While good conservatives and libertarians can agree to disagree amongst ourselves on just how to reform immigration, there’s at least a consensus that more taxes and redistributionary spending are NOT part of the solution.
Which is why, I suppose, we need the infinite wisdom of The Washington Post editorial board to tell us otherwise:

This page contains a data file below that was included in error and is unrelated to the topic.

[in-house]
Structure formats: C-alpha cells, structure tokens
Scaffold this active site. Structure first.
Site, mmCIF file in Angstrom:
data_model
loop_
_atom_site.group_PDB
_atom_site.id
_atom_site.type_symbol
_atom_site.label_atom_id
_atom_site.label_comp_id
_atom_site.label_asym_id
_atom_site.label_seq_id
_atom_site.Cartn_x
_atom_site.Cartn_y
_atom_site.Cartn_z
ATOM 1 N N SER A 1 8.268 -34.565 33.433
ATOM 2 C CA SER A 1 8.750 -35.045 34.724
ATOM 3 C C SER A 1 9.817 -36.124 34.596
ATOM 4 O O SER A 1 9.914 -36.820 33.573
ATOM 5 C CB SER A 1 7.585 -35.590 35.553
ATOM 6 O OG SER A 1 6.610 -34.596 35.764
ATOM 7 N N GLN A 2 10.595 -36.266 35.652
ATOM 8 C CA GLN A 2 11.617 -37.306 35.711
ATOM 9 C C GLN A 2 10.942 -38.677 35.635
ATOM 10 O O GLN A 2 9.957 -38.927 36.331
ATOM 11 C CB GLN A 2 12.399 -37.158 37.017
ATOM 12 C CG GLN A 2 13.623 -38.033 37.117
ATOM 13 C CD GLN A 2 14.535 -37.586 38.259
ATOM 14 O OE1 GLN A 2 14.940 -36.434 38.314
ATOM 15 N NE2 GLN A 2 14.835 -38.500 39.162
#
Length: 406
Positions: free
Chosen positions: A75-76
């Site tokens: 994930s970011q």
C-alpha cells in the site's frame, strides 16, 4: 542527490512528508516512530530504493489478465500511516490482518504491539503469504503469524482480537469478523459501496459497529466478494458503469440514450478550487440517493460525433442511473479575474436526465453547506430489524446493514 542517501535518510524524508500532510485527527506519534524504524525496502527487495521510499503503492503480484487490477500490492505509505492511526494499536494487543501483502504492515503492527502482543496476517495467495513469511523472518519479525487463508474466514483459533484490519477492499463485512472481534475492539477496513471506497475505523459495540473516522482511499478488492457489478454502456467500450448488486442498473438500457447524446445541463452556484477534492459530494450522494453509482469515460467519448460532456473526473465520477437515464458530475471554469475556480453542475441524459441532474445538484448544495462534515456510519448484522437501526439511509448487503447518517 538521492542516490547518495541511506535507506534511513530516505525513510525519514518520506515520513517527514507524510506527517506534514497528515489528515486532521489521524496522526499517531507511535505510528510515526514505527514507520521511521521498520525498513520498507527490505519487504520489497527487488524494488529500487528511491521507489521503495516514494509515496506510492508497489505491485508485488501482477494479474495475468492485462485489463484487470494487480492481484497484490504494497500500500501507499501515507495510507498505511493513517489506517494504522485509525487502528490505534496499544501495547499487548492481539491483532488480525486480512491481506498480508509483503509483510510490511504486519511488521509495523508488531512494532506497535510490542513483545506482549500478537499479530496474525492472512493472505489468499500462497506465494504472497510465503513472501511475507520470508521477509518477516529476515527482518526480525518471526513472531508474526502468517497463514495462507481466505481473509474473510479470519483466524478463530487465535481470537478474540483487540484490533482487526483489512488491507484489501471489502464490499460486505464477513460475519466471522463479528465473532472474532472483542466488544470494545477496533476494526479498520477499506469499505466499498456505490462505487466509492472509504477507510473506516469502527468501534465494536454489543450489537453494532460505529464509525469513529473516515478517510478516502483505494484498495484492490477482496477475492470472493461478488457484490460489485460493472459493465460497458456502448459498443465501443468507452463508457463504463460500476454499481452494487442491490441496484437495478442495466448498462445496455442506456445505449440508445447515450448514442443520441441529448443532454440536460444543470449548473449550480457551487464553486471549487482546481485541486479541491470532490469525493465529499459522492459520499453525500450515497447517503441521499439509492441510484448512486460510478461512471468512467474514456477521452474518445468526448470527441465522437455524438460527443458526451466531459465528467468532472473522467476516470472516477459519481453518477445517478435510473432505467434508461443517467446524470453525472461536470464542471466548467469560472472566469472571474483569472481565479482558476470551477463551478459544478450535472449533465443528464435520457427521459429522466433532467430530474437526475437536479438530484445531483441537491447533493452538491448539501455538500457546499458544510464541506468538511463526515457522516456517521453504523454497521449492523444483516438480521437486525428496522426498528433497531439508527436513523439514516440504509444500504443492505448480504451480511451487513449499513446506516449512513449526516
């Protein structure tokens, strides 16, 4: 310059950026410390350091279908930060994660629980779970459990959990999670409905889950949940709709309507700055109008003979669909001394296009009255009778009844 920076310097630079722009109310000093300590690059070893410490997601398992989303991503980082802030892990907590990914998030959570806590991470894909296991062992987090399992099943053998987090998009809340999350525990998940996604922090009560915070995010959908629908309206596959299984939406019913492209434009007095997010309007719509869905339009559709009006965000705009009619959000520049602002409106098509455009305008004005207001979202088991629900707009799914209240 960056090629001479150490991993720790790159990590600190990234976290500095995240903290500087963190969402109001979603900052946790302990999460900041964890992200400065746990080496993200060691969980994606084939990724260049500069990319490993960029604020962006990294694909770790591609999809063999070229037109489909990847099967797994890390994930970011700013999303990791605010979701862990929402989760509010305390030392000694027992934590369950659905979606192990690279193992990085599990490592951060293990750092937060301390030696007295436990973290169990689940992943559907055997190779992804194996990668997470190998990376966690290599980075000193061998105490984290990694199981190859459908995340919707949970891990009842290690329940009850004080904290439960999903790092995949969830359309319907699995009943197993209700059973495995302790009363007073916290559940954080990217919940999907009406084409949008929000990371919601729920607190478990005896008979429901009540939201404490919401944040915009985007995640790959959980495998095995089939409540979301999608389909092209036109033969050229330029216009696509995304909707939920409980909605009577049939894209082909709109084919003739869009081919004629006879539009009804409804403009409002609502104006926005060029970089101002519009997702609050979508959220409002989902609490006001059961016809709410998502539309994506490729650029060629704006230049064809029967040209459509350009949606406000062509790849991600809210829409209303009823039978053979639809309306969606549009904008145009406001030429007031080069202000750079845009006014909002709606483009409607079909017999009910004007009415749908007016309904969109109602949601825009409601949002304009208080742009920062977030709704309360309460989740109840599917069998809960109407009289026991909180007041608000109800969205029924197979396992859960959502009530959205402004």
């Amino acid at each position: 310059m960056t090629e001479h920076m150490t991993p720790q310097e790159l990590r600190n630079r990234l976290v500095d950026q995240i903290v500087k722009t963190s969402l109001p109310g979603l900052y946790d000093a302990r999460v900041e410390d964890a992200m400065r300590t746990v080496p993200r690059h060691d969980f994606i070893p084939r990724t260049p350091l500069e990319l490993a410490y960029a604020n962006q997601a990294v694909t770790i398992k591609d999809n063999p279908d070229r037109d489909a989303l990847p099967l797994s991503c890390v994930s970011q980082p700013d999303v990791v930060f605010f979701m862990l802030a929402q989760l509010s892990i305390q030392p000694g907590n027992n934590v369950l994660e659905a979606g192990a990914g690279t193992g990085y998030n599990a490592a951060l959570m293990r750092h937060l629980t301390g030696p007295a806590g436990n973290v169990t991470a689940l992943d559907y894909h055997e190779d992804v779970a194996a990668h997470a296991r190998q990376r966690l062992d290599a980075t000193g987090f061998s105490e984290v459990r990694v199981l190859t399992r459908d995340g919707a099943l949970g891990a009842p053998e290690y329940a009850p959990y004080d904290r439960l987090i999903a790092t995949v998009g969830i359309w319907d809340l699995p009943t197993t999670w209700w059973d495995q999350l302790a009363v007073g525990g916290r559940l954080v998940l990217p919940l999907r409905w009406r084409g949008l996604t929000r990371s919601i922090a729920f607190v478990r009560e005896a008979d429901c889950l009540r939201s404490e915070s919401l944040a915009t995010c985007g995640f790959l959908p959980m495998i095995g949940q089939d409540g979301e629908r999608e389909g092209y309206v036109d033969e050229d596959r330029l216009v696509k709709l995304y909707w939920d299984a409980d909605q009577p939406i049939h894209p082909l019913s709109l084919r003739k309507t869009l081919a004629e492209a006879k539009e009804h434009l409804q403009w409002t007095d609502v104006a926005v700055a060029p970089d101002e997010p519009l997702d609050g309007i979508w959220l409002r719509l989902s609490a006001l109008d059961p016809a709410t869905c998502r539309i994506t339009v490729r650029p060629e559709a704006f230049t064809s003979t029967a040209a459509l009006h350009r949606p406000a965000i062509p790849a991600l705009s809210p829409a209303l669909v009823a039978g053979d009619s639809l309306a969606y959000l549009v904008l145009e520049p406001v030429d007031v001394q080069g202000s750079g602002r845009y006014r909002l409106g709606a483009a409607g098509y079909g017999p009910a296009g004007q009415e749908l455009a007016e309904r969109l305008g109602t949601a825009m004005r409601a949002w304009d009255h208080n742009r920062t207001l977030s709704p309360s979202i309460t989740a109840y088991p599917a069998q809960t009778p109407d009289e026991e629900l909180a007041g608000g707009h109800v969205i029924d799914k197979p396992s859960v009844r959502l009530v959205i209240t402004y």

Even a small impact on low-wage workers is alarming, given the rise of inequality over the past 25 years. But the question is whether to address that inequality by trying to stop immigration or to go at it via progressive taxation, larger public investments designed to prevent poor kids from dropping out of high school, or some other policy tool. Given the expense and doubtful effectiveness of border walls and employer crackdowns, progressive tax and social policies seem preferable. After all, to the extent that immigrants drive down wages at the bottom, they are driving up the inflation-adjusted wages of other Americans who get cheaper goods and services. Taxing the "immigration windfall" that flows to better-off Americans and passing it on to the less fortunate may be the best way to go.